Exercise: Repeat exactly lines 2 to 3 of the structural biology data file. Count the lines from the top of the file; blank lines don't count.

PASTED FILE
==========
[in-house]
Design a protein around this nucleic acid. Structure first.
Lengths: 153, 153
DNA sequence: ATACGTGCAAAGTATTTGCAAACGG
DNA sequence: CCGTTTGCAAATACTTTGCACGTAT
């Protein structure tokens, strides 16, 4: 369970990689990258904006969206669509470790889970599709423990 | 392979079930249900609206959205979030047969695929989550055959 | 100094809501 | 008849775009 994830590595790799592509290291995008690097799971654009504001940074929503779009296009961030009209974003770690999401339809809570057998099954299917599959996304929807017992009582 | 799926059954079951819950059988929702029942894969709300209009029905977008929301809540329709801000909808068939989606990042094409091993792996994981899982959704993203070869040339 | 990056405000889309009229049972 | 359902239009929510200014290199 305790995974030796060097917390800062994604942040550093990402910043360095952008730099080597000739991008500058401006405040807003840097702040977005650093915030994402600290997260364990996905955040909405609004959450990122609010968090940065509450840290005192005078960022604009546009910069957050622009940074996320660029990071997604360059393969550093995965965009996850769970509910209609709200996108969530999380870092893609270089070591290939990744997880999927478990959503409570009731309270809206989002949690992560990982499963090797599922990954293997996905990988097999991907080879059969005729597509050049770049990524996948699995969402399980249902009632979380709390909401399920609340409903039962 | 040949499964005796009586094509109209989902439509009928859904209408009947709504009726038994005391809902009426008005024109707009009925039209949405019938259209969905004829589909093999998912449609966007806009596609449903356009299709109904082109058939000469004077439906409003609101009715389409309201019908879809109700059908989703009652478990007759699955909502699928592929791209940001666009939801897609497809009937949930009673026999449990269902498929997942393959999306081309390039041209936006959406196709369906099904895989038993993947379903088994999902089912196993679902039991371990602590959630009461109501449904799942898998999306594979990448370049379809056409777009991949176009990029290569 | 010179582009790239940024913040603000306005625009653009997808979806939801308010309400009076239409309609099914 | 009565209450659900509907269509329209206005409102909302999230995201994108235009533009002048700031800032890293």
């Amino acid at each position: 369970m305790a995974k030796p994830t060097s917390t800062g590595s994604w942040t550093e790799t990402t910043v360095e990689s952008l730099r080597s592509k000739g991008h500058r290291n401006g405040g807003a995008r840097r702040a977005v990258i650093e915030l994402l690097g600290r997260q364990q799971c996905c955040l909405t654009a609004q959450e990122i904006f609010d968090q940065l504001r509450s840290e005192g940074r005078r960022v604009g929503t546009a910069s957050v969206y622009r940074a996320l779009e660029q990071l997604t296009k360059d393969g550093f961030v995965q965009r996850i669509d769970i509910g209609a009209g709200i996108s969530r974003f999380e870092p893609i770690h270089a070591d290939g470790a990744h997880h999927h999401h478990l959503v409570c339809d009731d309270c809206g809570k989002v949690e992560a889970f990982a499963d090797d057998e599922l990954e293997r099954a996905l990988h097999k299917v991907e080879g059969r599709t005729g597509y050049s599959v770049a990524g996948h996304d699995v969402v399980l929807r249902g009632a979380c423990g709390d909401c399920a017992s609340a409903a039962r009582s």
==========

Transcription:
Design a protein around this nucleic acid. Structure first.
Lengths: 153, 153